Jaguar by Rouch 1967 portrays the annual migration of young male workers from Niger more economically prosperous towns of the Gold Coast, also called Ghana. For him to have the events filmed Rouch engages three Nigerians he has known from his previous research and film projects.[6] The three are Damouré Zika, Lam Ibrahim and Illo Gaoudel. Jaguar appears to be a lighthearted and humorous road film following the three young men as they travel from their home area of Ayourou to search for a job in Ghana. They encounter many adventures a well as obstacles but finally reach the Gold Coast and get work in Kumasi and Accra. They then embark of a return Journey to their village carrying money and gifts. They are also considered as “heroes of a modern world”, as Rouch refers them in the film’s voiceover narration.

Ethnofiction and Adventure in Jaguar

Jaguar is part documentary, part fiction, as well as reflection story highlighting the adventures of three young men that leave their home country in Niger and go to Ghana. The film shows aspects of life in the era of post-independence in West Africa with its cultural diversity and beauty. The documentary section gives the narration of the travels by the three men, experiences, as well as their encounters. The story is a wonderful ethnographic piece of three men who are the Jaguars determined to find work and experience in the urban Ghana. The story depicts a process in which social as well as subjective identities are created. The ethnofiction reveals the tradition of factual observations although it distances from the colonial heritage during which it was written.[7] Politics and anthropology are evident in the film that filmed against the backdrop of independence in West Africa. Jean Rouch works has themes related to ethnographic practices through visual culture as well as inter-cultural texts. In ethnography, the practitioners ask the actors to bring out the aspects of their life-experiences while being filmed. In Jaguar by Rouch there is a lot of improvisation as the three men have to act as the residents of the region. The actors have the appropriate physical appearance and use personal experiences during acting to reveal aspects of poverty and oppression. The work is also filmed in a documentary style to make the acts appear as reality. Adventure is critical in ethnographic work as depicted in Jaguar in which the three men embark on an adventurer’s epic. In addition, analysis of other cultures in a way that creates fun the audience.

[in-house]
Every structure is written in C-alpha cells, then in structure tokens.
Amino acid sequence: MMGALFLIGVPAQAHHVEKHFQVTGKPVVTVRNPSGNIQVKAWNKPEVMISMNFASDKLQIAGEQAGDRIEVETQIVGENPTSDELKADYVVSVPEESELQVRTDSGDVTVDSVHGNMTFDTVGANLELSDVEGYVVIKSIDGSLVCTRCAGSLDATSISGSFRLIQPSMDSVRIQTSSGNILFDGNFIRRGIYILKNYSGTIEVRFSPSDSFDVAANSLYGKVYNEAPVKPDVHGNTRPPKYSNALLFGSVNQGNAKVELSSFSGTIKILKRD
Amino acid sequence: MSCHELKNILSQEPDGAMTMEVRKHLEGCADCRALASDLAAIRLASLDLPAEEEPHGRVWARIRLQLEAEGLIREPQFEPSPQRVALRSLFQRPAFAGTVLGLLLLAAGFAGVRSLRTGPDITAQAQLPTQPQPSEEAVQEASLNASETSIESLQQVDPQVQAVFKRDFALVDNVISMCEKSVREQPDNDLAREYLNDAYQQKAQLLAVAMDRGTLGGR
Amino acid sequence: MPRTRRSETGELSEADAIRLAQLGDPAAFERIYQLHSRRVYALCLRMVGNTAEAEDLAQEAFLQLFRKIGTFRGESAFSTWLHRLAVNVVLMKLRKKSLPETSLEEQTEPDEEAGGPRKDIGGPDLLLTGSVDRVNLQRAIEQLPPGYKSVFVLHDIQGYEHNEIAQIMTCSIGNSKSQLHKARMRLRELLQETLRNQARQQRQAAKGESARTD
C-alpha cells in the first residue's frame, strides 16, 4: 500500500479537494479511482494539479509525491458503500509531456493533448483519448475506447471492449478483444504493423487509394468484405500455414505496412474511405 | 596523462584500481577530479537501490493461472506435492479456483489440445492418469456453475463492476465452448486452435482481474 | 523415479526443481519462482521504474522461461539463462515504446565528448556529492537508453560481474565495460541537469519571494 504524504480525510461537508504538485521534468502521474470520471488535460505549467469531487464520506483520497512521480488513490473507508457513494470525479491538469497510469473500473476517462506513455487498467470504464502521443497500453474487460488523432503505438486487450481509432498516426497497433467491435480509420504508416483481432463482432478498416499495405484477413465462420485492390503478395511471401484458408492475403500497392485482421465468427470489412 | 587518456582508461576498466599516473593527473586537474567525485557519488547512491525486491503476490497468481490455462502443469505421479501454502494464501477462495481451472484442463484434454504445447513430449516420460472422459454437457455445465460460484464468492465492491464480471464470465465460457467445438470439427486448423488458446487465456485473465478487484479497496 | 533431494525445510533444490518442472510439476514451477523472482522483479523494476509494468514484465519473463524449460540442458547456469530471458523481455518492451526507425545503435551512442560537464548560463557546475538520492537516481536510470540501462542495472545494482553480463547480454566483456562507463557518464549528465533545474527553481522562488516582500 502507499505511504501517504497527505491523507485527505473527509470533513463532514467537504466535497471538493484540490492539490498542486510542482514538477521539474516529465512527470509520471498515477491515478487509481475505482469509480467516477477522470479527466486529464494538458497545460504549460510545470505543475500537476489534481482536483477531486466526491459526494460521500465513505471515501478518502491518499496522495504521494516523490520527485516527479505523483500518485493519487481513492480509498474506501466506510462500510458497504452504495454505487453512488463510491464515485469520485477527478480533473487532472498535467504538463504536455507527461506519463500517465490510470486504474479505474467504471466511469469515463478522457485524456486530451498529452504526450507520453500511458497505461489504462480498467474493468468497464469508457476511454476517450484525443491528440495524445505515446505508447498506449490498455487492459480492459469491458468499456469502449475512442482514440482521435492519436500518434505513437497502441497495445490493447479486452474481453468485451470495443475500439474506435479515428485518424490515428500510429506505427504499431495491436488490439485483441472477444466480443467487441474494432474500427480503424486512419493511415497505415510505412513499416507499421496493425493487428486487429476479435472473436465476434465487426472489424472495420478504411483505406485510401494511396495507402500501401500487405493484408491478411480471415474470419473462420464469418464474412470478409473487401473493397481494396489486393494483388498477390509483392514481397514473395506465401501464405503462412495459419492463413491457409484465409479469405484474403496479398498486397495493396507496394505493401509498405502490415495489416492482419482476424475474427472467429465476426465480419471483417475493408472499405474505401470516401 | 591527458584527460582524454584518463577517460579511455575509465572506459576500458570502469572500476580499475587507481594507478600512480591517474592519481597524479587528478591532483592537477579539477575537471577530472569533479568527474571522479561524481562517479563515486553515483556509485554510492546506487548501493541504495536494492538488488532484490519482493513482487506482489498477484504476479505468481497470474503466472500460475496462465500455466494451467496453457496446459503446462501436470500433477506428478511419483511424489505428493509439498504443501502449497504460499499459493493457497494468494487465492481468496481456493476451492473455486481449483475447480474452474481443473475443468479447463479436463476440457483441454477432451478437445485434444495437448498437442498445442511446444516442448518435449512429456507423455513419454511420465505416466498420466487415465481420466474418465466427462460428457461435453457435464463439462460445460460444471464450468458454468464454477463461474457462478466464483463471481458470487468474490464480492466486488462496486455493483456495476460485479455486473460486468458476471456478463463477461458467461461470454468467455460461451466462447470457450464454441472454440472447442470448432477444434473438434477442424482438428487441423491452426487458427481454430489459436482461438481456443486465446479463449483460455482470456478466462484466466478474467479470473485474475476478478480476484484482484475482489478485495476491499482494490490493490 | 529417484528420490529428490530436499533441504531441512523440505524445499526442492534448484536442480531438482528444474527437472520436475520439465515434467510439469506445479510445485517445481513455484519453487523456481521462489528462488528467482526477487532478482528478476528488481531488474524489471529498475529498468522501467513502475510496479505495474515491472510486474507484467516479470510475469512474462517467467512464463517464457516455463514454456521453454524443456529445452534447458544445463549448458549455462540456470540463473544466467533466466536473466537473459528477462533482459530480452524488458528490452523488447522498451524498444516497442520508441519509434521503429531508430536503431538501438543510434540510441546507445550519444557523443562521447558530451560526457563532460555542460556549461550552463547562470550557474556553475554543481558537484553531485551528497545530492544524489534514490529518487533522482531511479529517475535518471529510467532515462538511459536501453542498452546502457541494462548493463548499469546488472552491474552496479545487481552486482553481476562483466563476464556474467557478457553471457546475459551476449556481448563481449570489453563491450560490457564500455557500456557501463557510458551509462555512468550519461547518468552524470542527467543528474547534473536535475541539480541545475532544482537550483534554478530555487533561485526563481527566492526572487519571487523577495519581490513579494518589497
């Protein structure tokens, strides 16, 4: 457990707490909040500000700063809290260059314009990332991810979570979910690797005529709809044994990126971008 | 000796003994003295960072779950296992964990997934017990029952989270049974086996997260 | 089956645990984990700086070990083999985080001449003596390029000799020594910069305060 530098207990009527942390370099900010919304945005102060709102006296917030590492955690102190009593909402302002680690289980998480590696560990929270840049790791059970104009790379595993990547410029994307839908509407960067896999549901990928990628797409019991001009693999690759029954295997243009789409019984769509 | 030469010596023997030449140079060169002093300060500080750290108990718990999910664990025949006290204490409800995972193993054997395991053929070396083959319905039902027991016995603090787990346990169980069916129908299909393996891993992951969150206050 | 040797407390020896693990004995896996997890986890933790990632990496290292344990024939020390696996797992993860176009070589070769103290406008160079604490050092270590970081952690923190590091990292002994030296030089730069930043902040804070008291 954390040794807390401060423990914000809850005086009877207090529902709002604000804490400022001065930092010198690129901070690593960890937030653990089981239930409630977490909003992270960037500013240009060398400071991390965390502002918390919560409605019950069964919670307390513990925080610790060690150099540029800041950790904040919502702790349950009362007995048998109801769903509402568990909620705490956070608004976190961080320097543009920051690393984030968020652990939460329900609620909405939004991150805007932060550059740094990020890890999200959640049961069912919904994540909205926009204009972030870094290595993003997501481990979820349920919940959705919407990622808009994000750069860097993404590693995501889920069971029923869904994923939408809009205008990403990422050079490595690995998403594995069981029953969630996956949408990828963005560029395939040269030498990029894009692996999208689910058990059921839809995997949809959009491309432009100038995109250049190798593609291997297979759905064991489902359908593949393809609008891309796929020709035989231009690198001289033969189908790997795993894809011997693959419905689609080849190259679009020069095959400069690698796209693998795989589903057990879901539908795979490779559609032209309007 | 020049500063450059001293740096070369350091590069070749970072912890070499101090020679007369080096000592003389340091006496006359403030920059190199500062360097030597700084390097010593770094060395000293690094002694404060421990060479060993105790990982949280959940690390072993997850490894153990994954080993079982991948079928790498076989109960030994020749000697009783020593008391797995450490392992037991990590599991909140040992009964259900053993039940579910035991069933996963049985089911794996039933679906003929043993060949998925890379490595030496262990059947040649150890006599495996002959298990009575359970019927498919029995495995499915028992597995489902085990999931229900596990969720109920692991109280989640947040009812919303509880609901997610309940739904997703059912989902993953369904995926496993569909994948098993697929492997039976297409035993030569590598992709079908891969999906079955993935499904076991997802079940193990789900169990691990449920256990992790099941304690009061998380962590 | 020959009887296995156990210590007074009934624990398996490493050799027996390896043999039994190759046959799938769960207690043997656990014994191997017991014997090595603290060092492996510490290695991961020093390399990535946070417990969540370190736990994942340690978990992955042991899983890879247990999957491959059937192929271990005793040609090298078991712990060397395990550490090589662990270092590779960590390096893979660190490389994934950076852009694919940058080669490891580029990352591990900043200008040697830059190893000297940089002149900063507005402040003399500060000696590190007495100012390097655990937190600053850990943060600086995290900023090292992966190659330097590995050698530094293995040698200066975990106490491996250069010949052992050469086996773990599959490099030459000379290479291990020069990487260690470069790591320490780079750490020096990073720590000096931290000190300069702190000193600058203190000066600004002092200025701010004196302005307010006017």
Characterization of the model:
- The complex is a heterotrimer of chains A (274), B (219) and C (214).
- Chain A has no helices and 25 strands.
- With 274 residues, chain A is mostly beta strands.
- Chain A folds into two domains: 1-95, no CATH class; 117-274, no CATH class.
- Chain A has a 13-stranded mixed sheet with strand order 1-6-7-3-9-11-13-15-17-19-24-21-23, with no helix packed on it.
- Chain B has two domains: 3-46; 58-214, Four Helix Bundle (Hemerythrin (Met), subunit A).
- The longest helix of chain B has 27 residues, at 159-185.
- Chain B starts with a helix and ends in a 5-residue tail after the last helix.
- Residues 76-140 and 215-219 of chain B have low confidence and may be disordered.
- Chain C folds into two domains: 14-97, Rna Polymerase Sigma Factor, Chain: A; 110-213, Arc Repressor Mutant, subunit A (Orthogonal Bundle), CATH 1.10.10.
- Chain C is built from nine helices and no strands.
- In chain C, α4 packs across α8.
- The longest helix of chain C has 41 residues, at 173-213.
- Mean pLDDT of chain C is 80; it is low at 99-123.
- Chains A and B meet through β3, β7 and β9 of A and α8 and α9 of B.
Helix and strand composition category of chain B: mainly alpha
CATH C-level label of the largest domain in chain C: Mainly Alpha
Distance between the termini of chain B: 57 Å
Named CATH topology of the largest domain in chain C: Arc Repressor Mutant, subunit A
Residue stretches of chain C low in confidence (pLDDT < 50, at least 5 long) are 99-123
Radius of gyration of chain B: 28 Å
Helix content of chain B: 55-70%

Improvisation and Interaction in Ethnographic Films

Rouch uses an improvised form of filmmaking, which resembles surrealist practices for creativity in his work. The use of improvised acting in Jaguar enhances the quality of production through narrative control as well as freedom. The actors tell their own stories to tell the story of injustices during the pre-independence era in West Africa. The protagonists express their concerns in their own way as well as show their feelings. Ethnographic film mixing involves aspects of participation and interaction actors with the natural environment.[8]

Rouch's Approach: Stakeholders and Interpretation

After formulating a story outline, the ethnographer uses a camera and simply focuses on the subjects' improvisations during actions and lived experiences. Therefore, surrealism and poetry are combined and although they are often opposed to each other, the idea is to try to establish theories concerning the films. More importantly, Rouch concentrates on local communities and develops themes with the participants for his projects.[9]

According to Rouch, the actors are made to be more active "stakeholders" of the project instead of being mere protagonists. When he was doing his anthropological work regarding labor migration in West Africa, Rouch could not show the full range of the migrants' experienced due to the limitations of a conventional documentary. He therefore, combined documentary and fictional elements in the Jaguar.

Challenges and Controversies in Ethnographic Filmmaking